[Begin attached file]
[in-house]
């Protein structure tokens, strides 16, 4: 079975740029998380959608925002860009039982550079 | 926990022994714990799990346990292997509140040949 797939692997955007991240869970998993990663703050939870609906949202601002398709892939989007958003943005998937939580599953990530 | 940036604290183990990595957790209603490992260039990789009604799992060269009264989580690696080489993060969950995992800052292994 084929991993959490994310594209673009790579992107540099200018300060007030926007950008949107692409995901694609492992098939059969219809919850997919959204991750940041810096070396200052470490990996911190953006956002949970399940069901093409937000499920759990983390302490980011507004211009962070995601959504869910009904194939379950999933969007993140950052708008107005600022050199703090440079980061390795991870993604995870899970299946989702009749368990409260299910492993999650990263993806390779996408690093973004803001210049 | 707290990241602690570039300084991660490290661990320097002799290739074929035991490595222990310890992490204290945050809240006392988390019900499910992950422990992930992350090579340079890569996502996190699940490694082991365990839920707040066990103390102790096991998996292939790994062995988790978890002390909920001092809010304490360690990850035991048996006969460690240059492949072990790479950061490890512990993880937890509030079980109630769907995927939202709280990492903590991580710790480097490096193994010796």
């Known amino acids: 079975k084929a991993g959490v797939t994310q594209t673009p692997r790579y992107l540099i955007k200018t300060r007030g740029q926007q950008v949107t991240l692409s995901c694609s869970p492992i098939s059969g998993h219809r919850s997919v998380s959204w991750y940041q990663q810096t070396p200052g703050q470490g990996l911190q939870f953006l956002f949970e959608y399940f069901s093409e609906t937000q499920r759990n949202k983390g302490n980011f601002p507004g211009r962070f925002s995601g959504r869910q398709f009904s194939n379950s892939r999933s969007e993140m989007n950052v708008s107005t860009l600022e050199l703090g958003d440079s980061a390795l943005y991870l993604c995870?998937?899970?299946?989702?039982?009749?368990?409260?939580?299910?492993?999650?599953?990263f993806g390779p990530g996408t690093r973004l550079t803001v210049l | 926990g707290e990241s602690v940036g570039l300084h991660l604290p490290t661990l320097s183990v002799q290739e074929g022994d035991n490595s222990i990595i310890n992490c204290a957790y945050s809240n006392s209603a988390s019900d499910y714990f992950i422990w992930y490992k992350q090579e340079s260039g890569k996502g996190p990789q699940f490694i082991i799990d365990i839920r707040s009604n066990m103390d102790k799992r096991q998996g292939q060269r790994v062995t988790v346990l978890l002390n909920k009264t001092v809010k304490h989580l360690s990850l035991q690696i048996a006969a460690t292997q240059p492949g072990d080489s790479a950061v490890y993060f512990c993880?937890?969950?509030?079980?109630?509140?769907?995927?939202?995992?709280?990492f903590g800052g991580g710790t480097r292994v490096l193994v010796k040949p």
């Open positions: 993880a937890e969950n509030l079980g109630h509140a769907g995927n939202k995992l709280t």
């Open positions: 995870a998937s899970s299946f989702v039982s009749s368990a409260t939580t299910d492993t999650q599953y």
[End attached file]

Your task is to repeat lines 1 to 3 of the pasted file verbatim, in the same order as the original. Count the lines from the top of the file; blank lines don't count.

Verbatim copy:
[in-house]
């Protein structure tokens, strides 16, 4: 079975740029998380959608925002860009039982550079 | 926990022994714990799990346990292997509140040949 797939692997955007991240869970998993990663703050939870609906949202601002398709892939989007958003943005998937939580599953990530 | 940036604290183990990595957790209603490992260039990789009604799992060269009264989580690696080489993060969950995992800052292994 084929991993959490994310594209673009790579992107540099200018300060007030926007950008949107692409995901694609492992098939059969219809919850997919959204991750940041810096070396200052470490990996911190953006956002949970399940069901093409937000499920759990983390302490980011507004211009962070995601959504869910009904194939379950999933969007993140950052708008107005600022050199703090440079980061390795991870993604995870899970299946989702009749368990409260299910492993999650990263993806390779996408690093973004803001210049 | 707290990241602690570039300084991660490290661990320097002799290739074929035991490595222990310890992490204290945050809240006392988390019900499910992950422990992930992350090579340079890569996502996190699940490694082991365990839920707040066990103390102790096991998996292939790994062995988790978890002390909920001092809010304490360690990850035991048996006969460690240059492949072990790479950061490890512990993880937890509030079980109630769907995927939202709280990492903590991580710790480097490096193994010796």
């Known amino acids: 079975k084929a991993g959490v797939t994310q594209t673009p692997r790579y992107l540099i955007k200018t300060r007030g740029q926007q950008v949107t991240l692409s995901c694609s869970p492992i098939s059969g998993h219809r919850s997919v998380s959204w991750y940041q990663q810096t070396p200052g703050q470490g990996l911190q939870f953006l956002f949970e959608y399940f069901s093409e609906t937000q499920r759990n949202k983390g302490n980011f601002p507004g211009r962070f925002s995601g959504r869910q398709f009904s194939n379950s892939r999933s969007e993140m989007n950052v708008s107005t860009l600022e050199l703090g958003d440079s980061a390795l943005y991870l993604c995870?998937?899970?299946?989702?039982?009749?368990?409260?939580?299910?492993?999650?599953?990263f993806g390779p990530g996408t690093r973004l550079t803001v210049l | 926990g707290e990241s602690v940036g570039l300084h991660l604290p490290t661990l320097s183990v002799q290739e074929g022994d035991n490595s222990i990595i310890n992490c204290a957790y945050s809240n006392s209603a988390s019900d499910y714990f992950i422990w992930y490992k992350q090579e340079s260039g890569k996502g996190p990789q699940f490694i082991i799990d365990i839920r707040s009604n066990m103390d102790k799992r096991q998996g292939q060269r790994v062995t988790v346990l978890l002390n909920k009264t001092v809010k304490h989580l360690s990850l035991q690696i048996a006969a460690t292997q240059p492949g072990d080489s790479a950061v490890y993060f512990c993880?937890?969950?509030?079980?109630?509140?769907?995927?939202?995992?709280?990492f903590g800052g991580g710790t480097r292994v490096l193994v010796k040949p």